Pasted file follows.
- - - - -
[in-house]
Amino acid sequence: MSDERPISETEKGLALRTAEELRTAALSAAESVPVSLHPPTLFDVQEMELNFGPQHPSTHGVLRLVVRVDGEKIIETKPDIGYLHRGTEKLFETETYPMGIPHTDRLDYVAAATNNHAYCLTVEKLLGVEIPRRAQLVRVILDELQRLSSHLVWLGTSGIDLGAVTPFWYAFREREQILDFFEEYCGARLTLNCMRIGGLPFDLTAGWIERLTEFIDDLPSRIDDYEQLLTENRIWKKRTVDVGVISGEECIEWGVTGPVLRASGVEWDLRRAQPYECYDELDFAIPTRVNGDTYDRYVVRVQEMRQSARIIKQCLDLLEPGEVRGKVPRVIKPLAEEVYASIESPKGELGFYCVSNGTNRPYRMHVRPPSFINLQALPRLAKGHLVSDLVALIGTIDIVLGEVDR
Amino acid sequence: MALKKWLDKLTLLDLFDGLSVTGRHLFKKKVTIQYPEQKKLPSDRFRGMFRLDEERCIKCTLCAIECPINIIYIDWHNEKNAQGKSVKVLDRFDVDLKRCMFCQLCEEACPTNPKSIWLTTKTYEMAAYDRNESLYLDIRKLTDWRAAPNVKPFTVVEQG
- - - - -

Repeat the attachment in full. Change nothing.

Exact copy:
[in-house]
Amino acid sequence: MSDERPISETEKGLALRTAEELRTAALSAAESVPVSLHPPTLFDVQEMELNFGPQHPSTHGVLRLVVRVDGEKIIETKPDIGYLHRGTEKLFETETYPMGIPHTDRLDYVAAATNNHAYCLTVEKLLGVEIPRRAQLVRVILDELQRLSSHLVWLGTSGIDLGAVTPFWYAFREREQILDFFEEYCGARLTLNCMRIGGLPFDLTAGWIERLTEFIDDLPSRIDDYEQLLTENRIWKKRTVDVGVISGEECIEWGVTGPVLRASGVEWDLRRAQPYECYDELDFAIPTRVNGDTYDRYVVRVQEMRQSARIIKQCLDLLEPGEVRGKVPRVIKPLAEEVYASIESPKGELGFYCVSNGTNRPYRMHVRPPSFINLQALPRLAKGHLVSDLVALIGTIDIVLGEVDR
Amino acid sequence: MALKKWLDKLTLLDLFDGLSVTGRHLFKKKVTIQYPEQKKLPSDRFRGMFRLDEERCIKCTLCAIECPINIIYIDWHNEKNAQGKSVKVLDRFDVDLKRCMFCQLCEEACPTNPKSIWLTTKTYEMAAYDRNESLYLDIRKLTDWRAAPNVKPFTVVEQG